Health & Wellbeing
New Year, Healthier You! Make 2018 The Un-Resolution Year
Katrina Hartog
Katrina Hartog
Clinical Nutrition Manager, NYU Langone Orthopedic Hospital Sodexo

It may sound cliché but we all want to get off on the right foot.

We make resolutions for the New Year to be better versions of ourselves; in some fashion or another.  Many of us, however, end up feeling disappointed upon the realization of not fulfilling the resolution.  Research shows, half of adults make New Year’s resolutions.  However, fewer than 10% manage to keep them for more than a few months.  Well, I propose, how about this year, making non-resolutions or dare I say, give up on resolutions from the get-go!  I can hear you all cheering now!

Take the pressure away and you may be surprised at what you can sustainably achieve.  I am not proposing a total lack of expectations but rather set reasonable expectations.  Take your pie in the sky resolutions and set more specific, measurable, achievable, relevant and time-bound goals (aka SMART goals) to ensure success and lifestyle change.

Here are my tips for a healthier you in the new year:

  1. I want to lose weight.

As a dietitian, I learn about the new fad diets or eating patterns either on my own or through my clients.  Individuals take these on and yes, in short-term, end up eating less carbohydrates, no meat, less sugar, eating before 8pm, etc., and losing weight.  However, according to many studies, fad diets restrict important nutrients and food groups that means you may miss out on the protective health effects that a balanced eating plan provides.  Eating healthy is very simple; we all know what to eat but fail to swallow it.  In 2015, I attended the Food & Nutrition Conference & Expo and heard Dr. David Katz speak.  His message was received loud and clear – eat less refined carbohydrates and added sugars, and more fruits and vegetables and whole grains.  This is a clear-cut message and one you can follow every day and is sustainable.  A good start; toss the chips, sugary cereals, and cookies.  Replace with Greek Yogurt, seasonable fruits, and other more wholesome options.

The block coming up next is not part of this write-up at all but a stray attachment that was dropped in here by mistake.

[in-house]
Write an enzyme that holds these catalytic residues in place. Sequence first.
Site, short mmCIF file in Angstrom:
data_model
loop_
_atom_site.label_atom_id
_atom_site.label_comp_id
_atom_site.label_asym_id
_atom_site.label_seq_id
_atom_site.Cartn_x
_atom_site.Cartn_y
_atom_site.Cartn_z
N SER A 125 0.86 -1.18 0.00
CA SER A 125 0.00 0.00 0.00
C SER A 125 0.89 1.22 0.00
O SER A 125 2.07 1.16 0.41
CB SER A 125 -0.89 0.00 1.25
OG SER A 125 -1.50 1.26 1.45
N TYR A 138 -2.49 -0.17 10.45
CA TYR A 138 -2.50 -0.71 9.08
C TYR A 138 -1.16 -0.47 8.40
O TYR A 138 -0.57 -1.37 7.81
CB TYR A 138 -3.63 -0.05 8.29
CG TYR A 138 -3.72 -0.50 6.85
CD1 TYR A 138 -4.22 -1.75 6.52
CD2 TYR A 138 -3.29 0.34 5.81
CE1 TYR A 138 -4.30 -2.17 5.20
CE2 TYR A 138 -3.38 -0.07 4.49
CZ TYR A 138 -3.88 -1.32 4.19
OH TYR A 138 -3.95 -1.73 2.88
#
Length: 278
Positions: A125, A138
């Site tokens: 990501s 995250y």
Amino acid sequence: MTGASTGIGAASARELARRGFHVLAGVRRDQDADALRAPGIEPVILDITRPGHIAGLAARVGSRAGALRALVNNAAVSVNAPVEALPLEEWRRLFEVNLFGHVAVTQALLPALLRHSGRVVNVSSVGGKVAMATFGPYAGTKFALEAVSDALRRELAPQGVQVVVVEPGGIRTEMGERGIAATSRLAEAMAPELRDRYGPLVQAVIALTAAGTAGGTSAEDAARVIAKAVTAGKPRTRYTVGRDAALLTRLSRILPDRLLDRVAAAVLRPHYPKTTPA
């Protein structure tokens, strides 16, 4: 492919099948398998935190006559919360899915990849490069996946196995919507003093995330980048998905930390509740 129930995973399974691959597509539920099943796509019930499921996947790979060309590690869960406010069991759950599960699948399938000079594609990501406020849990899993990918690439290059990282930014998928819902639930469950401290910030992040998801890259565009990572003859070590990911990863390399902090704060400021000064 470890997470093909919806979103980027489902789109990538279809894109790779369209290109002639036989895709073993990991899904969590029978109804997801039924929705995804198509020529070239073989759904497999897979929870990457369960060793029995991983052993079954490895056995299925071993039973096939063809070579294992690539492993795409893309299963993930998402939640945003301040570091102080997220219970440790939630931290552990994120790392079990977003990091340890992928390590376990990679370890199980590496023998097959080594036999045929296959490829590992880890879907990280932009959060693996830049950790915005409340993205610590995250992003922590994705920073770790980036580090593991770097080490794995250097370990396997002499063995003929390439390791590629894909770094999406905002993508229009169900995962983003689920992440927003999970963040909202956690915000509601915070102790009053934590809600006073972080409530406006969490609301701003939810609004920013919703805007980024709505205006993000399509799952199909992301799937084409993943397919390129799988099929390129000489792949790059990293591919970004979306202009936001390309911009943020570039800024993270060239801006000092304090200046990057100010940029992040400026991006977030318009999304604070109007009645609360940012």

1. I will exercise more.

I want to share a secret; exercising doesn’t have to mean going to the gym!  Yes, the U.S. Department of Health and Human Services recommends adults do at least 150 minutes a week of moderate-intensity activity for health benefits.  But, I propose using the word “moving” instead of “exercising.”  Find a buddy to join you in your “moving” activities.  Research shows, adults tend to find exercise more fun when friends join.  How about committing to a 30-minute walk during lunch with a work buddy, taking the stairs, or going for a bike ride around your neighborhood with your partner.  Again, moving your body doesn’t only have to happen in a gym.


  1. I am going to eat healthier.

I hear this a lot.  And, with no specific plan, this sounds daunting.  Instead, how about choosing to eat 4-5 servings of fruits and vegetables daily.  By eating more fruits and veggies, you are likely to consume less calories and feel fuller.  If you are more of a planner, go for packing lunch every day.  A study at Tuft’s University showed the relationship between eating out and weight gain is very straightforward: The more frequently you eat out, the more likely you are to carry excess pounds.  Additionally, it doesn’t seem to matter too much where you go to eat!  Bringing your lunch may not sound exhilarating, but the money and calories you save are well worth it!

The best part of the un-resolution year is that set backs are accepted!  There is no cheating!  Remind yourself of your goals and I recommend at least a monthly check-in.  Maybe even set a calendar alert!  Sustainable lifestyle changes may not happen with the first go around.  Strategies may need to be adjusted or you may need to enlist additional help.  Be honest and keep it real.  Happy New Year!

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